Your client is a black market firearms dealer.
The U.S. government is hot on her trail and is about to catch her. To avoid extradition, she is looking for a country to escape to with her millions of illegally acquired dollars. She wants to flee to one of the following countries:
- Trinidad and Tobago (T & T)
I recommend starting with an online treaty research guide:
- American Society ofInternational Law electronic resource guide (ASIL ERG)
- Treaties by Jill McC. Watson
- This research guide contains a section called Finding US Treaties: Old and New.
- UPDATE: An Introduction to Sources for Treaty Research – By Mark Engsberg and Mary Beth Chappell
- Locating Treaty Texts, – good overview of how to find US treaties
I would be remiss if I didn’t mention a few major print publications that may help.
- International and Foreign Legal Research: A Coursebook. Second Edition by Marci Hoffman and Mary Rumsey
- Hoffman and Berring ‘s International Legal Research in a Nutshell
- A Basic Course in Public International Law Research by Anthony S. Winer, Mary Ann E. Archer
- somewhat dated
Treaty Research Checklist
To guide the students in answering this question, I gave them a treaty research checklist, which I adapted from
Boston College Law Library.
The questions to ask:
- Does a treaty exist on the subject?
- Can you find the text of the treaty?
- Who are the parties, and is the U.S. a party?
- Is the treaty in force? What is the treaty’s effective date?
- Are there any reservations, understandings, declarations, or other conditions made by the relevant parties?
- Has there been any subsequent modification to the treaty
- Can you identify the rules for treaty interpretation that are used by signatory states?
General web searches are often a good place to start research. For this hypothetical, one might search things like: extradition treaty U.S. or countries with no extradition treaty with the US. It turns out that Wikipedia and the US Department of State both have pages that sort of answer this question. But to be certain, you would want to examine something official and up-to-date.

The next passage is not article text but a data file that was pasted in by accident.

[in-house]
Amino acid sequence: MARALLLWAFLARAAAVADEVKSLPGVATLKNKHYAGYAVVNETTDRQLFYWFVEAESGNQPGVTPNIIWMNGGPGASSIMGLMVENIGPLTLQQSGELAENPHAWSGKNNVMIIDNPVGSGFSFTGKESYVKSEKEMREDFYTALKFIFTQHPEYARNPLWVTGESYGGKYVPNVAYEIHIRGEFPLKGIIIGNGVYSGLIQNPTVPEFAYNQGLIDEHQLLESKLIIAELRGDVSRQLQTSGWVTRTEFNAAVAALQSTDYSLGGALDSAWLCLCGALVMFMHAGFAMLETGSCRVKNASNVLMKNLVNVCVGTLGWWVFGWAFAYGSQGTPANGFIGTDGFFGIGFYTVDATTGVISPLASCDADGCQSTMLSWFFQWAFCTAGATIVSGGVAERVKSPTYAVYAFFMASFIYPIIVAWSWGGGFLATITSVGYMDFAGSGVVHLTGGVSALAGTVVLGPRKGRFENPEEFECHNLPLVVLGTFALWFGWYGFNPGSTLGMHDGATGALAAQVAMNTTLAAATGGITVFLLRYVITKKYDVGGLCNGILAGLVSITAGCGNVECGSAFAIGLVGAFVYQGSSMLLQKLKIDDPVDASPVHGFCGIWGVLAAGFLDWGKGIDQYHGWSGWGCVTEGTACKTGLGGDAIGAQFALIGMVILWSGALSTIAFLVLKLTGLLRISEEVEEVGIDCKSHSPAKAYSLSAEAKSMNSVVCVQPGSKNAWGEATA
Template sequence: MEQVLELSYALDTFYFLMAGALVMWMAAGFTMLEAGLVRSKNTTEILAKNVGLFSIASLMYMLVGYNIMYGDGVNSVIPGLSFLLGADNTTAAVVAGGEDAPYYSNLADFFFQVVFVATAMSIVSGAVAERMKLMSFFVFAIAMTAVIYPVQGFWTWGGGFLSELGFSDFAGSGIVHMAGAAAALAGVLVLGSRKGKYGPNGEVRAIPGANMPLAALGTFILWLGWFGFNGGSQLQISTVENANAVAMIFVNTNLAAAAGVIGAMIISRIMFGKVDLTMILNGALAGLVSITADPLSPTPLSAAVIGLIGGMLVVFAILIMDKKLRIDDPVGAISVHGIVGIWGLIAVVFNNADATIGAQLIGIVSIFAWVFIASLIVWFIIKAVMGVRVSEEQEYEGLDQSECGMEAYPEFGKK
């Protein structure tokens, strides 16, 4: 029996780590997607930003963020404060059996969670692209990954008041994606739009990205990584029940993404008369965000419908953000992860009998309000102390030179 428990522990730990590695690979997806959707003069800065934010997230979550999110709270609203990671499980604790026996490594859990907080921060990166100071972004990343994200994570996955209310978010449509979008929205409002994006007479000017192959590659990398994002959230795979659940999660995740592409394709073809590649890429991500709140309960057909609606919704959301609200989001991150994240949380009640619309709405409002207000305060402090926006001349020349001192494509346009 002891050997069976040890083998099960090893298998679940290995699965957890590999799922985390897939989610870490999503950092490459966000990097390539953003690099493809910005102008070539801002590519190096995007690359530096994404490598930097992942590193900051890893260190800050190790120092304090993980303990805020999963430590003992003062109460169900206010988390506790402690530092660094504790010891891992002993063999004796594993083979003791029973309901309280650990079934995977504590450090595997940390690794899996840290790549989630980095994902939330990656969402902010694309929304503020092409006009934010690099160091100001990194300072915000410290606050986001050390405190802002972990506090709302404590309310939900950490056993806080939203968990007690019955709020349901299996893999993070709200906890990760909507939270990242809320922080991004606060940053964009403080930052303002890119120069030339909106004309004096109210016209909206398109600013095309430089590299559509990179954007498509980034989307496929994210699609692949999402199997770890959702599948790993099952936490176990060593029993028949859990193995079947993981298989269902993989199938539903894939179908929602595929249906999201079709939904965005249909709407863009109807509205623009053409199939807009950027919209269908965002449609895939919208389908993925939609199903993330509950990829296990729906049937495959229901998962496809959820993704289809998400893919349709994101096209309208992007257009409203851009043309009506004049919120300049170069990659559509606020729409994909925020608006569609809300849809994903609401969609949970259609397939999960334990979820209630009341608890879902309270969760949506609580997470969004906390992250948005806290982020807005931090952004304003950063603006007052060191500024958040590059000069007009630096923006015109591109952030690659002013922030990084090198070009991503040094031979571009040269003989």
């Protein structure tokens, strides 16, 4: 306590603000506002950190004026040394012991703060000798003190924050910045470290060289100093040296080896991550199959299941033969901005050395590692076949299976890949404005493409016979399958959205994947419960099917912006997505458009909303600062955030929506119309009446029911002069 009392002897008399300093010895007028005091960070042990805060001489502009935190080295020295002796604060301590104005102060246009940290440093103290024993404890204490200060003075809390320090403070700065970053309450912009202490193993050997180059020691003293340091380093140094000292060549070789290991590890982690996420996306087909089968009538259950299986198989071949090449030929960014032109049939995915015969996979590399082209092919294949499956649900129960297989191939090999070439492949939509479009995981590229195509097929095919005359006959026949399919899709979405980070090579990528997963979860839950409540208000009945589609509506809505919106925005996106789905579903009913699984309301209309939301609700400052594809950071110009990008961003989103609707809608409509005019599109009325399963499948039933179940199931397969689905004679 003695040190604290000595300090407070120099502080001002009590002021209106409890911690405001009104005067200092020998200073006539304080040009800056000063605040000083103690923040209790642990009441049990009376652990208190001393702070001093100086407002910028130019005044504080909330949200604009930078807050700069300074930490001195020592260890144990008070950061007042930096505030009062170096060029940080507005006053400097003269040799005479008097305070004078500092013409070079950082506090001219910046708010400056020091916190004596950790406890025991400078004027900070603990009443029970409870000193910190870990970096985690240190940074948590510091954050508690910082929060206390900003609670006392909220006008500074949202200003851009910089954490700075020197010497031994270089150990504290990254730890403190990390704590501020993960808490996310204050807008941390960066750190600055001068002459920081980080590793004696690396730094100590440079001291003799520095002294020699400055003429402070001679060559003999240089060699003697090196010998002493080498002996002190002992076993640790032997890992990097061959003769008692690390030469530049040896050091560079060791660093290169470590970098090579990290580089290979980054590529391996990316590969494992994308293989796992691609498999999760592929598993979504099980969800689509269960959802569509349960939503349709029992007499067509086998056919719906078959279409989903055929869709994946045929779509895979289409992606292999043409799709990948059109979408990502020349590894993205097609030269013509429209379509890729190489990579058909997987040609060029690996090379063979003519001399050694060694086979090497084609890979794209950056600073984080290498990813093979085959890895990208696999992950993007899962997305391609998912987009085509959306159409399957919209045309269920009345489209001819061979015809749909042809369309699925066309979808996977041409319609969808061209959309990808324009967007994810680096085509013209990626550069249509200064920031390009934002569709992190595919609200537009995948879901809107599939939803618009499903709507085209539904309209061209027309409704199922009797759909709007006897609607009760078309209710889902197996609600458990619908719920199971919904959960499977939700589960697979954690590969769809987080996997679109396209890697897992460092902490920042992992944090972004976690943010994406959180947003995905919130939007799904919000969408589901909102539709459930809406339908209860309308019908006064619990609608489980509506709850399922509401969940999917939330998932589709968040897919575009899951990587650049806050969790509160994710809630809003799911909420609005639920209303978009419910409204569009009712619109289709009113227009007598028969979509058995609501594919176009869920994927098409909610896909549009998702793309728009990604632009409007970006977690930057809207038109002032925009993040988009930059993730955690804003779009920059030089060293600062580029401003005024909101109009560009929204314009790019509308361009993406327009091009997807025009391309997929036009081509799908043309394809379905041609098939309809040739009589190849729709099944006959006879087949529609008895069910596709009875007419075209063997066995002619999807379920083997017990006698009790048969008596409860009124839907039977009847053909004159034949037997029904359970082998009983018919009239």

Official finding tool
Treaties in Force provides citations to the official full-text of U.S. Treaties.
- updated annually (2012
Back to the Hypo
Let’s go back to our arms dealer for a minute. She wanted to go to:
- T & T
To find out if there are extradition treaties in force between the U.S. and these countries there are 5 places we need to look in the most recent Treaties in Force publication.
1. Multilateral Treaties in Force (TIF) in the extradition section. From the contents page, we can see that this is on page 369 and we can go to that page and see which of our 4 countries has an extradition treaty with the U.S.
When we go to page 369, we realize that none of our countries are listed, but that does not mean that they did not sign a bilateral extradition treaty.
2. We still need to look at the sections that reference bilateral treaties with the specific countries of interest.
We now know that as of January 1, 2012, the date of publication of the most recent Treaties in Force, there were extradition treaties with all of the desired countries, except for Bhutan.
Our arms dealer doesn’t believe that there really is an extradition treaty between the U.S. and T & T so she wants to see not just the text but the official text of the extradition treaty. However, you will note above that the TIAS citation is incomplete. This is because it has not yet been published in TIAS.
Official Full-Text Sources
The official sources are
- Treaties and other International Acts Series (TIAS)
- United States Treaties and Other International Agreements (UST)
- Unfortunately, both of these sources are about 10 years out of date.
To find official versions of treaties that have not yet been added to TIAS or UST, you will need to search the Senate Treaty documents.
Senate Treaty Documents
In my albeit limited experience, the easiest way to locate Senate Treaty documents is through the Library of Congress Website Thomas.gov Treaty section.
As shown above, if you use the name of the country in the Word/Phrase search bar and limit the type of treaty to Extradition and Criminal Ass., you will find records of relevant treaty documents.
Notice that this includes a link to the full-text pdf of the relevant treaty on the Government Printing Office’s website.
Our arms dealer really doesn’t want to go to Bhutan and really does want to go to T & T, so she asks you to verify that there has been no change to the Bhutan or T & T extradition treaty status since Jan 1, 2012
Official Up-to-date Index of Treaties in Force
The most up-to-date Index that I could find for free online is the U.S. Department of State web page on Treaty Actions . The Treaty Actions documents shown below are those available in March 2013.
They are not cumulative, you need to check each one individually to ensure that there have been no changes to the extradition treaty status with Bhutan and T & T since Jan 1, 2012.
Looks like our arms dealer will be heading to Bhutan.